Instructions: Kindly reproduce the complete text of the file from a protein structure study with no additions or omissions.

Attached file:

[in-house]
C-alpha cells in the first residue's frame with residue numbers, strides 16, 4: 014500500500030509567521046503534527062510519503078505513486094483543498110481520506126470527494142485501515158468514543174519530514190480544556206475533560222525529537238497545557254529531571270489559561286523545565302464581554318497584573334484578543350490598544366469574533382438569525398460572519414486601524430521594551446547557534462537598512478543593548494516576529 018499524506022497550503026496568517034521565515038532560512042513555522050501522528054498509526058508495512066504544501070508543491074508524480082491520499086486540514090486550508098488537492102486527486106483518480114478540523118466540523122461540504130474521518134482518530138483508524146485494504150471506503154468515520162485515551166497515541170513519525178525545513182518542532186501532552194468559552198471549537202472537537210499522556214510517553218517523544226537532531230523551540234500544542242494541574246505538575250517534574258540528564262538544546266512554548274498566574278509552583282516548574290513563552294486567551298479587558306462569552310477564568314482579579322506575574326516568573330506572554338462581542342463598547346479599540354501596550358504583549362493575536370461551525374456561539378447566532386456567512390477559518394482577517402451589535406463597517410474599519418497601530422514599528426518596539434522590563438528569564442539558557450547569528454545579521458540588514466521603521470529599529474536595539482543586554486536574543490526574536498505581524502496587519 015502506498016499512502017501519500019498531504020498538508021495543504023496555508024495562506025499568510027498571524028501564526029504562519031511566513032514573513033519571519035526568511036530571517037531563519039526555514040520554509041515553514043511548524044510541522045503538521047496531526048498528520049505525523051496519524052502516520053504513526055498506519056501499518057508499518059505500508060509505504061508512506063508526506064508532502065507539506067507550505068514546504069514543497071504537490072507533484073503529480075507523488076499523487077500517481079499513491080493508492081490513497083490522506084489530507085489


[in-house]
C-alpha cells in the first residue's frame with residue numbers, strides 16, 4: 014500500500030509567521046503534527062510519503078505513486094483543498110481520506126470527494142485501515158468514543174519530514190480544556206475533560222525529537238497545557254529531571270489559561286523545565302464581554318497584573334484578543350490598544366469574533382438569525398460572519414486601524430521594551446547557534462537598512478543593548494516576529 018499524506022497550503026496568517034521565515038532560512042513555522050501522528054498509526058508495512066504544501070508543491074508524480082491520499086486540514090486550508098488537492102486527486106483518480114478540523118466540523122461540504130474521518134482518530138483508524146485494504150471506503154468515520162485515551166497515541170513519525178525545513182518542532186501532552194468559552198471549537202472537537210499522556214510517553218517523544226537532531230523551540234500544542242494541574246505538575250517534574258540528564262538544546266512554548274498566574278509552583282516548574290513563552294486567551298479587558306462569552310477564568314482579579322506575574326516568573330506572554338462581542342463598547346479599540354501596550358504583549362493575536370461551525374456561539378447566532386456567512390477559518394482577517402451589535406463597517410474599519418497601530422514599528426518596539434522590563438528569564442539558557450547569528454545579521458540588514466521603521470529599529474536595539482543586554486536574543490526574536498505581524502496587519 015502506498016499512502017501519500019498531504020498538508021495543504023496555508024495562506025499568510027498571524028501564526029504562519031511566513032514573513033519571519035526568511036530571517037531563519039526555514040520554509041515553514043511548524044510541522045503538521047496531526048498528520049505525523051496519524052502516520053504513526055498506519056501499518057508499518059505500508060509505504061508512506063508526506064508532502065507539506067507550505068514546504069514543497071504537490072507533484073503529480075507523488076499523487077500517481079499513491080493508492081490513497083490522506084489530507085489